Figure 39. (07/01/2017) Pretty tragic turn of events. Alclad II Black Base was used for priming however I'm starting to believe that this is not a real primer at all. The trouble started when I sprayed on a second coat yesterday after gap and sink mark editing. Because of the current heat wave here in Sydney (a thirsty 35-40+ degrees Celcius), the second coat left an ugly orange peel surface. Guess I should've waited for the cooler evening (approx. 28 degrees Celsius where I was, probably not cool enough either…). In addition, the heat also made the coats tacky even after drying, leaving unsightly finger print moulds. Hence, majority of yesterday was spent stripping the entire airframe of the black 'primer'. Next time I'll be avoiding this with good old Alclad II grey primer and evening spraying (provided it cools down properly...). Also, the elevators conveniently broke off whilst cleaning and will make painting them silver easier.
Figure 40. (09/01/2018) With the current heat wave starting to dissipate, progress resumed. The fuselage was primed with Alclad II Grey Primer, airbrushed with Tamiya Black, sealed with Pascoe's Long Life Floor Acrylic and finished with Tamiya Flat Aluminium. Next is the risky part, scribing panel lines through the paint. To help me with line positioning, a copy of Minoru Matsuba's blueprints was scaled down to 1/72 scale in Adobe Photoshop and printed for reference.
Figure 41. (10/01/2018) After around 3 hours, scribing has been completed. Although it was very risky, this method is not as difficult as you'd think and is probably by far the most rewarding for the finest and most realistic lines in this scale even though it is still not accurate (technically, almost no panel lines should even be present in 1/72 scale). This was my first attempt at using this method on an entire model and of course there were mistakes along the way. However, in the case of Flat
Aluminium, I have found that faulty lines can be covered up easily with delicate airbrushing, achieving a minimally noticeable result which is good enough for me. Next is painting the final details.
Figure 42. (10/01/2018) Painting is finally completed! The ailerons were first superglued into place before painting. Hinomaru were masked using Maketar's 1/72 Hinomaru masking set and airbrushed with Tamiya Red acrylic. Wheel wells, were airbrushed with my Aotake mixture. Engine exhaust panels were masked and airbrushed with Tamiya Gun Metal Acrylic. The front upper surface of the fuselage was airbrushed with Tamiya Flat Black. Finally, the distinguishing wing markings of the configuration of interest was masked and painted with Tamiya Flat White and Tamiya Flat Black. Next is the last stretch, attaching all completed pieces to the airframe.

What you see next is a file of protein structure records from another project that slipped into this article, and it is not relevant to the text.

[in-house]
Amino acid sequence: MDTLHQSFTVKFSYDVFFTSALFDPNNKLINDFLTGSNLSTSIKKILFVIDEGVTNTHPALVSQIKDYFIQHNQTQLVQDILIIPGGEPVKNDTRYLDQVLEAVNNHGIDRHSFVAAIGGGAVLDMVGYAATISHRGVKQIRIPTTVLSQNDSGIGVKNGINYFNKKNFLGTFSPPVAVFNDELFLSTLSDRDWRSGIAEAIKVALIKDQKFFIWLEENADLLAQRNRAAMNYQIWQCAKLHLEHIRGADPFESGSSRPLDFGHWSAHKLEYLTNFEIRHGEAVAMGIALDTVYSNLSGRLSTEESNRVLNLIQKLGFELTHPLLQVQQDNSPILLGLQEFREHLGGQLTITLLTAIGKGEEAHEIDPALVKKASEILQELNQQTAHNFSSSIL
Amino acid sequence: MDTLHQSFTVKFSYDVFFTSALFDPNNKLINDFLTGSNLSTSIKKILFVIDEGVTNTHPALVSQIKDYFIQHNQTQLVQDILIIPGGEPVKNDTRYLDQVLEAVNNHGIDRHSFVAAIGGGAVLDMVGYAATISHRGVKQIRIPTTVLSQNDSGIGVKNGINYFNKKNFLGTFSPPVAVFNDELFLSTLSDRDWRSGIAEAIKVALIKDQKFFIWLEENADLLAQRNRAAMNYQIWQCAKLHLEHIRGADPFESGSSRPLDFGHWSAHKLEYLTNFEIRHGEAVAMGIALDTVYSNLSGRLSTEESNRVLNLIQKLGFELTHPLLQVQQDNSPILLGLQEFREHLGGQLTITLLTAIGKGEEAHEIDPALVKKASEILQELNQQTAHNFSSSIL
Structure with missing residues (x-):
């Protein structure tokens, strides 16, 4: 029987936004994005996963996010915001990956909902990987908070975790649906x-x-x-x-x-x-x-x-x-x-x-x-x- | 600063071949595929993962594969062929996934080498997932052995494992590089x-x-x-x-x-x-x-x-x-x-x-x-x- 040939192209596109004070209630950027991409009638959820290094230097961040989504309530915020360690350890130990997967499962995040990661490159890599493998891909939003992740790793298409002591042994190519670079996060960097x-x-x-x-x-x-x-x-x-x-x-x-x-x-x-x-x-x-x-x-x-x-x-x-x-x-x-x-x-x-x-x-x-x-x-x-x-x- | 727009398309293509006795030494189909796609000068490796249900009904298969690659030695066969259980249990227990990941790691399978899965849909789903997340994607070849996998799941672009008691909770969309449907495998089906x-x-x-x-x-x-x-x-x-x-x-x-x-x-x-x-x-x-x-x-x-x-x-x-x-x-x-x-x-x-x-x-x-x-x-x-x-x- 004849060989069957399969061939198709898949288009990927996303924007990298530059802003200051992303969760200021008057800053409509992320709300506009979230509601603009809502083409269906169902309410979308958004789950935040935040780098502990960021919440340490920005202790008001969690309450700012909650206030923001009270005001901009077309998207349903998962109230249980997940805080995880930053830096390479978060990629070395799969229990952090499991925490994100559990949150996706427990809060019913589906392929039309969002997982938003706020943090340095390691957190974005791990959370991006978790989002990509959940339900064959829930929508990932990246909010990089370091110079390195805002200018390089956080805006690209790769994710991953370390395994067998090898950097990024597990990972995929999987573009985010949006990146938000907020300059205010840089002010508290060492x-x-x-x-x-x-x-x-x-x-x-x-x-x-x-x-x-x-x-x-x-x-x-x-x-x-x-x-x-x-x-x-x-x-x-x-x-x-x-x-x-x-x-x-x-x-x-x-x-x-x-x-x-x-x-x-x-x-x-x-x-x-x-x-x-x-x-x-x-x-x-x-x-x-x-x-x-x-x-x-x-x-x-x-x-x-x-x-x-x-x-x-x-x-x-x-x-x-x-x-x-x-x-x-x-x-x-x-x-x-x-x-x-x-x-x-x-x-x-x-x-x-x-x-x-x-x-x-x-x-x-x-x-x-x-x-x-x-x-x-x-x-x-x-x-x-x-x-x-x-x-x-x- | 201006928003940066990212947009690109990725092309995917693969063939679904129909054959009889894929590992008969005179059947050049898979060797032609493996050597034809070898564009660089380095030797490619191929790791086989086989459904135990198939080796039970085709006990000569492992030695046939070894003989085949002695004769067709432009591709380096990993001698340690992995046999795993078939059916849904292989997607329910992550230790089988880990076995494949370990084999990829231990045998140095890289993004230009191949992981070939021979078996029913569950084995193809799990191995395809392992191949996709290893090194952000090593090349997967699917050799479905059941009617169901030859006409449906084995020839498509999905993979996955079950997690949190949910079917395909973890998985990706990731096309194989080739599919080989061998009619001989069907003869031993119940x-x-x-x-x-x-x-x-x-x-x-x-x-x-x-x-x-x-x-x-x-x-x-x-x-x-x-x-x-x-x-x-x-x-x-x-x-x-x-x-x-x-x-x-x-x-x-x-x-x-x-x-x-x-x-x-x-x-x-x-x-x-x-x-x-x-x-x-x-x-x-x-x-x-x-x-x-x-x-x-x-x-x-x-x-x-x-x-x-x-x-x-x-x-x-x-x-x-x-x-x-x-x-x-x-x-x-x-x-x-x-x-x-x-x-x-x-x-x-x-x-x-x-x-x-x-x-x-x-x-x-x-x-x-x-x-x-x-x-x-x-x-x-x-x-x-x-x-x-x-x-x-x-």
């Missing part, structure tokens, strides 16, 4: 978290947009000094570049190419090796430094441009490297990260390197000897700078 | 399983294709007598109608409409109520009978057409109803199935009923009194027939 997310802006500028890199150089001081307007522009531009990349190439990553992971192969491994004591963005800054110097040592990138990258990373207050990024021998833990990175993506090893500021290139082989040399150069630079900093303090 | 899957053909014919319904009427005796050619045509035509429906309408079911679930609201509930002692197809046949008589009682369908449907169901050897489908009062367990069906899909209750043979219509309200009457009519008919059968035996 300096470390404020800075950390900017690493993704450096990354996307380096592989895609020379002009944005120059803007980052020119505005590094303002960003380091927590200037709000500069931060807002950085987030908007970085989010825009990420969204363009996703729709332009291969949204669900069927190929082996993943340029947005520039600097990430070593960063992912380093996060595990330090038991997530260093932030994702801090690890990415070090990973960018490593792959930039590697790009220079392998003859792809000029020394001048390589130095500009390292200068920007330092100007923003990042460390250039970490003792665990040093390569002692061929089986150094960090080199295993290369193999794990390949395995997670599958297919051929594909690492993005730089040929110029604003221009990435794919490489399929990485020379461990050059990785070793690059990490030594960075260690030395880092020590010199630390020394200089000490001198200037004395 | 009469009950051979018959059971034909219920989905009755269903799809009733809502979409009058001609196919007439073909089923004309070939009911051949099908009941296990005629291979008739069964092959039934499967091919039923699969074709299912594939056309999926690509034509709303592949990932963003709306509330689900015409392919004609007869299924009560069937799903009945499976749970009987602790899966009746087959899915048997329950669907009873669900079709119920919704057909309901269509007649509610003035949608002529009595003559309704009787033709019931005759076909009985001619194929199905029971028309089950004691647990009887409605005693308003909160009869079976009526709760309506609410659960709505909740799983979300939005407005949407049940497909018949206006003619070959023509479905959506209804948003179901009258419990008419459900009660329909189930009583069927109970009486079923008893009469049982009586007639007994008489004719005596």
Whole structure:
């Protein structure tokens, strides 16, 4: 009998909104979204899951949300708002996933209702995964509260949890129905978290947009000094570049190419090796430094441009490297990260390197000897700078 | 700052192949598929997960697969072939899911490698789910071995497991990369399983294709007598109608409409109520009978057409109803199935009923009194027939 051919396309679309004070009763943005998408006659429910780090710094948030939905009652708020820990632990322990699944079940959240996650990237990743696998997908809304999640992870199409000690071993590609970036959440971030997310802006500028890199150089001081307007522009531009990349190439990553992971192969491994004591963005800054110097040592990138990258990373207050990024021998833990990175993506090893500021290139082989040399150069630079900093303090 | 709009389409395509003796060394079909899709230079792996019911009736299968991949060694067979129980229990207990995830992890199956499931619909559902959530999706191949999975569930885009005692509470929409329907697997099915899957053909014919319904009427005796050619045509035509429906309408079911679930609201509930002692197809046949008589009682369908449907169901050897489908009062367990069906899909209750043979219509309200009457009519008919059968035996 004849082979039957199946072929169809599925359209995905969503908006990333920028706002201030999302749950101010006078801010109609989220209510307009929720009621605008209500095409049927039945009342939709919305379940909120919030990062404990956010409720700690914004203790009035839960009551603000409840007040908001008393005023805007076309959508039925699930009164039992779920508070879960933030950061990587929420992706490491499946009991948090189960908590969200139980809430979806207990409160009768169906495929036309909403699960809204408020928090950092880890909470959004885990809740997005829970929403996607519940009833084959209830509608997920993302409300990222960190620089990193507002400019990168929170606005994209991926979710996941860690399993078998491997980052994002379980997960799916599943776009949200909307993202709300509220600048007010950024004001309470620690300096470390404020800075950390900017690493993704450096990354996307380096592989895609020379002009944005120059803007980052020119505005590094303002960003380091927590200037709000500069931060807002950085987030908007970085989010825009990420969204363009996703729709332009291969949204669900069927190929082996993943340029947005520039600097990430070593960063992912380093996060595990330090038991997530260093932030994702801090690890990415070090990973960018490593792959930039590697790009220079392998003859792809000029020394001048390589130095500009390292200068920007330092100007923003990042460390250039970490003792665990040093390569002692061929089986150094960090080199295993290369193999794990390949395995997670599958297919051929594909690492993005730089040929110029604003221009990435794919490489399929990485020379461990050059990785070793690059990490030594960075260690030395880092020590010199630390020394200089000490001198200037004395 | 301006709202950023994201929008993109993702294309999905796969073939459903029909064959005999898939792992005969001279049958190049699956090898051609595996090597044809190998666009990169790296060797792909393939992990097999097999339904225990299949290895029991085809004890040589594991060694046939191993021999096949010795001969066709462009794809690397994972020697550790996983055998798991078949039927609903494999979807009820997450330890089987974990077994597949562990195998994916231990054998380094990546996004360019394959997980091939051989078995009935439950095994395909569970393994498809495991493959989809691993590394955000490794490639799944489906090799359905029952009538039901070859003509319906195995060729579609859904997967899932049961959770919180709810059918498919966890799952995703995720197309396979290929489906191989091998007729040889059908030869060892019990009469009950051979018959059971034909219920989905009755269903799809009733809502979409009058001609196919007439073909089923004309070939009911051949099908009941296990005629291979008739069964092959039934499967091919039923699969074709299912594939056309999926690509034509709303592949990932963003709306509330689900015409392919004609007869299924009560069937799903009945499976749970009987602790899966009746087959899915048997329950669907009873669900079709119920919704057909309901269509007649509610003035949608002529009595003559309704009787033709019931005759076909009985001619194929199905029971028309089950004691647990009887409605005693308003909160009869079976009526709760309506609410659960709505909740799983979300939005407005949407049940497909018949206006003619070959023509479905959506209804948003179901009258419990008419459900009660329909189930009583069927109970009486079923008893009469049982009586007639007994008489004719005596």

Figure 43. (11/01/2018) The brake hose was 'extended' with an additional piece of stretched sprue, bent and superglued into place.
Figure 44. (11/01/2018) Landing gear struts were made from cut 0.25 mm styrene painted with Tamiya Flat Aluminium and black stretched sprue. These were glued into place with PVA wood glue. Landing gear were superglued into place.
Figure 45. (11/01/2018) My own exhaust funnel replacements were painted with a burnt iron mixture made from a 2:1 mix of Tamiya Gun Metal and Copper acrylics. These were individually glued on with PVA wood glue before reinforcing them with superglue. Their position is based on photos rather than the blueprints I was working with. Black water colour was dry brushed on for exhaust stains. The air intake internals on the left wing were also filled with black water colour to enhance the illusion of depth. Also, the flat black surface of the upper surface was sanded lightly at the edges and resprayed after noticing a slight error in its positioning.